Related: Highly Effective Strategies for Employee Retention

Steps to Successful Preboarding

1. Compile materials

First, determine which materials will be included in your preboarding process. If you’re in the U.S., you’ll most likely want to take care of the compulsory paperwork, like forms I-9 and W-4, and provide your employee handbook. 

But it’s also a great idea to jazz things up with some more colorful content, like videos showcasing your company culture or an interactive preboarding checklist. Create an email to distribute these materials to candidates or use a preboarding app designed specifically for this purpose. 

Related: How to Write an Employee Handbook

2. Take care of tech

Nothing’s worse as a new hire than sitting down at your workstation and being unable to use anything because it’s not set up correctly. The preboarding phase is the perfect opportunity to have your IT team tackle the necessary tech setup steps, like creating a company email address and handing over login credentials for devices and software. 

3. Welcome them to the team

Add your new hires to the relevant channels on your messaging app of choice, like Slack or Teams, and invite current staff to welcome them warmly. You can even create a dedicated channel just for employees going through preboarding to chat amongst themselves. 

This will allow new employees to build rapport with their soon-to-be colleagues and keep them from feeling like complete stranger when they show up on day one.

Related: New Employee Welcome Letter Template and Tips

4. Answer questions

Starting a new job comes with many questions, from ‘Which insurance plan should I choose?’ to ‘Where do I park?’ 

Help new employees’ first few weeks on the job go a little more smoothly and ease first-day jitters by distributing a sheet of frequently asked questions as part of your preboarding materials. Also, provide a way for preboarding participants to ask their own questions and receive a response from the appropriate person. 

5. Set a date (or several)

Use preboarding to give new team members something to look forward to by getting a few events on the calendar for their early days on the job. This could include things like meetings with key members of leadership, a lunch outing with their team, or a company social event. This will help maintain engagement while also facilitating valuable Facetime with coworkers.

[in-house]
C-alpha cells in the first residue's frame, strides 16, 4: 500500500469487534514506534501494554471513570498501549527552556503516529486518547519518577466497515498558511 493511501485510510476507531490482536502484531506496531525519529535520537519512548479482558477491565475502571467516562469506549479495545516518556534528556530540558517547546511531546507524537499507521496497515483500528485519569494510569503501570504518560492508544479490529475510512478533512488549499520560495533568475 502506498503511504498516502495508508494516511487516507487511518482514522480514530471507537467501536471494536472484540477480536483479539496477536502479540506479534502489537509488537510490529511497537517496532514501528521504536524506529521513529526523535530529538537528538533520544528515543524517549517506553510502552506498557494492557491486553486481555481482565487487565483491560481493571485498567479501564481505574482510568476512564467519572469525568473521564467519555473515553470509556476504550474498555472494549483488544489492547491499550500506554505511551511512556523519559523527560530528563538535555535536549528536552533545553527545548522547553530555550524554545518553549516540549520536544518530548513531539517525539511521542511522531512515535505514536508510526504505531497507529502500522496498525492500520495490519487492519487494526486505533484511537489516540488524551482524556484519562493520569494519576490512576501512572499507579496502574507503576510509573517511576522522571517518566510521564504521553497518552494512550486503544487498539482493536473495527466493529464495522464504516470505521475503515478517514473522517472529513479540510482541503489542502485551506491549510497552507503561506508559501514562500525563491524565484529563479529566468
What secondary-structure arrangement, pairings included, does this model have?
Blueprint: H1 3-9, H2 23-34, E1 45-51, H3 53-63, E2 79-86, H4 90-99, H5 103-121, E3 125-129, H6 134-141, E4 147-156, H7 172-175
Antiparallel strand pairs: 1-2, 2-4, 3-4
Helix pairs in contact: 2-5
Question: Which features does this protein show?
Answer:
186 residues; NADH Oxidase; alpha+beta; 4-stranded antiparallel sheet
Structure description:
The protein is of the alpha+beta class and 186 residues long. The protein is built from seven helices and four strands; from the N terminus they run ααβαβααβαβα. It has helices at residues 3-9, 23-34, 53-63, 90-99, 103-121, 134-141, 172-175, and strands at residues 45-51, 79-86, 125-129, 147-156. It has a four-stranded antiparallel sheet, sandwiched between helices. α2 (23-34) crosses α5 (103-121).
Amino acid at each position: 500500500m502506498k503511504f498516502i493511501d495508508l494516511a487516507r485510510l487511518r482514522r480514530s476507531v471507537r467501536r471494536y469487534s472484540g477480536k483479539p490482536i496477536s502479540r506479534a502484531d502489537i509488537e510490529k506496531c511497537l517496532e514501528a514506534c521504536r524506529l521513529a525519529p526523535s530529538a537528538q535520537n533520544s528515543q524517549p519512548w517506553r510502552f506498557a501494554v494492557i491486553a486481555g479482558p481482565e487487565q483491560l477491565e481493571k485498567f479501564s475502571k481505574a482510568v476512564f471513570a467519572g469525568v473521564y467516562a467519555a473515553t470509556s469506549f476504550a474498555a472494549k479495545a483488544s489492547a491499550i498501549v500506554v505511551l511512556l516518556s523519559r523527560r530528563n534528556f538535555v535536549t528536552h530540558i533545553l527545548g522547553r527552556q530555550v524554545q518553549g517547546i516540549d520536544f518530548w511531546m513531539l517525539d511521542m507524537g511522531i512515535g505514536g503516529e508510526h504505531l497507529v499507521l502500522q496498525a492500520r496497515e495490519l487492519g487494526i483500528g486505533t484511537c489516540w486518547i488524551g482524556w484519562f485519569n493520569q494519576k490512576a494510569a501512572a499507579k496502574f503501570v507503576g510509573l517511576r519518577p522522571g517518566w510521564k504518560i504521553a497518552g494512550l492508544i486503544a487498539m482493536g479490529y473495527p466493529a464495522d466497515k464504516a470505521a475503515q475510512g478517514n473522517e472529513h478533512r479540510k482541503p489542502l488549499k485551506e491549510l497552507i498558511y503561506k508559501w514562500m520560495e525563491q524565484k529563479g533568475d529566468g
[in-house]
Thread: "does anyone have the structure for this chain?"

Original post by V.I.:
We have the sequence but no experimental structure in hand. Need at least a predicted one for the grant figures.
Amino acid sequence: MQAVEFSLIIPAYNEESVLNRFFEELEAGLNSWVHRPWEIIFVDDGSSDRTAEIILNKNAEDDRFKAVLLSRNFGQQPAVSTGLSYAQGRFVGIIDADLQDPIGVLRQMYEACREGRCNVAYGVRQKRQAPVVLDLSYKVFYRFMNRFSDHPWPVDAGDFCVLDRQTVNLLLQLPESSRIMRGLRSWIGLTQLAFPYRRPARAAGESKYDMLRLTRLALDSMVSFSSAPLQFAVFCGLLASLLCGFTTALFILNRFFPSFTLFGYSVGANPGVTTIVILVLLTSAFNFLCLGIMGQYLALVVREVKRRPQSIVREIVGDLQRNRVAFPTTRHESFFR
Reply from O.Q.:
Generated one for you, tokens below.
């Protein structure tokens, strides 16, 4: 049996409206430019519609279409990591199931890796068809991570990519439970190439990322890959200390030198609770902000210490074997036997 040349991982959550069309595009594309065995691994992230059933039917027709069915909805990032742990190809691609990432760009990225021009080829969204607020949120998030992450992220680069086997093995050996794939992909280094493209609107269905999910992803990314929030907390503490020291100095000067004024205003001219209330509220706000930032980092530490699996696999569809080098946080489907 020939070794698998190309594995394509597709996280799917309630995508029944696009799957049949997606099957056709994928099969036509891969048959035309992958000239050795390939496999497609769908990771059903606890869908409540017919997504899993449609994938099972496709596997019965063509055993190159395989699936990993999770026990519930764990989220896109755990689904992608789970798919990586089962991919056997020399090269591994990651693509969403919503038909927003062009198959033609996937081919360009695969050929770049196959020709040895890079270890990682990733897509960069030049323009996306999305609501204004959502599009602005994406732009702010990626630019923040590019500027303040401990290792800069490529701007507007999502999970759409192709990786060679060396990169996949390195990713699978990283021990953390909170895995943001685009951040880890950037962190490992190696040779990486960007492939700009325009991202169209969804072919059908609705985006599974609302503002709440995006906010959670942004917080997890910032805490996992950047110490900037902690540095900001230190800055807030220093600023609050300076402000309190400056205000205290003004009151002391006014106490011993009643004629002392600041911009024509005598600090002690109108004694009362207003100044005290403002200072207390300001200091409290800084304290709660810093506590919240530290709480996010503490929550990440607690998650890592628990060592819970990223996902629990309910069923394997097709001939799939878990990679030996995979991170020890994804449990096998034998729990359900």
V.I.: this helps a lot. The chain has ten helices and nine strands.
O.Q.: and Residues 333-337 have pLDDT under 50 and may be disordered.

6. Prepare a welcome kit

Everyone loves getting mail, especially packages. Build upon the excitement of the job offer by surprising new hires with a small gift delivered to their house before their start date. 

Company swag makes great preboarding gifts, like coffee mugs, and useful on-the-job materials, like notebooks.

7. Prep for the first day

Finally, help new hires have a seamless and snafu-free first day of work by using your preboarding process to help them prepare. Share a PDF or a section of your website that outlines what to expect, what to bring, a rough idea of their schedule, and any other helpful first-day hints. 

Consider pairing new hires with a preboarding “buddy”–a more seasoned team member who can show them around and act as their go-to for questions about the company while also serving as a familiar face. 

Creating an enjoyable, informational preboarding process’ll make new hires feel welcome and help their first few days on the job go more smoothly, which benefits employees and the organization.

Related: Is Your Top Talent Having a Knockout First Day of Work? Here’s How!

Pete Newsome

About Pete Newsome

Pete Newsome is the President of 4 Corner Resources, the staffing and recruiting firm he founded in 2005. 4 Corner is a member of the American Staffing Association and TechServe Alliance, and the top-rated staffing company in Central Florida. Recent awards and recognition include being named to Forbes’ Best Recruiting Firms in America, The Seminole 100, and The Golden 100. Pete also founded zengig, to offer comprehensive career advice, tools, and resources for students and professionals. He hosts two podcasts, Hire Calling and Finding Career Zen, and is blazing new trails in recruitment marketing with the latest artificial intelligence (AI) technology. Connect with Pete on LinkedIn